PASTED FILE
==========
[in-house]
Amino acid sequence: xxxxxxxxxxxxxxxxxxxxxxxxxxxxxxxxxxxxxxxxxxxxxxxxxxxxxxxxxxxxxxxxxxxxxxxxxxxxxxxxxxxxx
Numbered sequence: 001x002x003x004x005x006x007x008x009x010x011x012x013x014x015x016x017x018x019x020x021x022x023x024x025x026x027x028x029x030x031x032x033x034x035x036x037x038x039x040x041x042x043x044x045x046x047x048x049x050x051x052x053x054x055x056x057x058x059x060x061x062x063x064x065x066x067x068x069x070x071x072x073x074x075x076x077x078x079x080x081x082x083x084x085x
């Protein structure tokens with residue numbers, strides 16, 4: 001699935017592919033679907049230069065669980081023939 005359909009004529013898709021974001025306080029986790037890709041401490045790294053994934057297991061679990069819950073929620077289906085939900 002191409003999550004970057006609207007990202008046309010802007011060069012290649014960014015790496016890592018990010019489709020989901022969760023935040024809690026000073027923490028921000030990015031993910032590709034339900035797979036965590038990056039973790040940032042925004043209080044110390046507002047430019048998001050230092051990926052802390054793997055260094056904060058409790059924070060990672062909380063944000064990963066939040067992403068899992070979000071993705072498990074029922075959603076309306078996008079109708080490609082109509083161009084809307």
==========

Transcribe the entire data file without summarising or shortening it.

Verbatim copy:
[in-house]
Amino acid sequence: xxxxxxxxxxxxxxxxxxxxxxxxxxxxxxxxxxxxxxxxxxxxxxxxxxxxxxxxxxxxxxxxxxxxxxxxxxxxxxxxxxxxx
Numbered sequence: 001x002x003x004x005x006x007x008x009x010x011x012x013x014x015x016x017x018x019x020x021x022x023x024x025x026x027x028x029x030x031x032x033x034x035x036x037x038x039x040x041x042x043x044x045x046x047x048x049x050x051x052x053x054x055x056x057x058x059x060x061x062x063x064x065x066x067x068x069x070x071x072x073x074x075x076x077x078x079x080x081x082x083x084x085x
């Protein structure tokens with residue numbers, strides 16, 4: 001699935017592919033679907049230069065669980081023939 005359909009004529013898709021974001025306080029986790037890709041401490045790294053994934057297991061679990069819950073929620077289906085939900 002191409003999550004970057006609207007990202008046309010802007011060069012290649014960014015790496016890592018990010019489709020989901022969760023935040024809690026000073027923490028921000030990015031993910032590709034339900035797979036965590038990056039973790040940032042925004043209080044110390046507002047430019048998001050230092051990926052802390054793997055260094056904060058409790059924070060990672062909380063944000064990963066939040067992403068899992070979000071993705072498990074029922075959603076309306078996008079109708080490609082109509083161009084809307």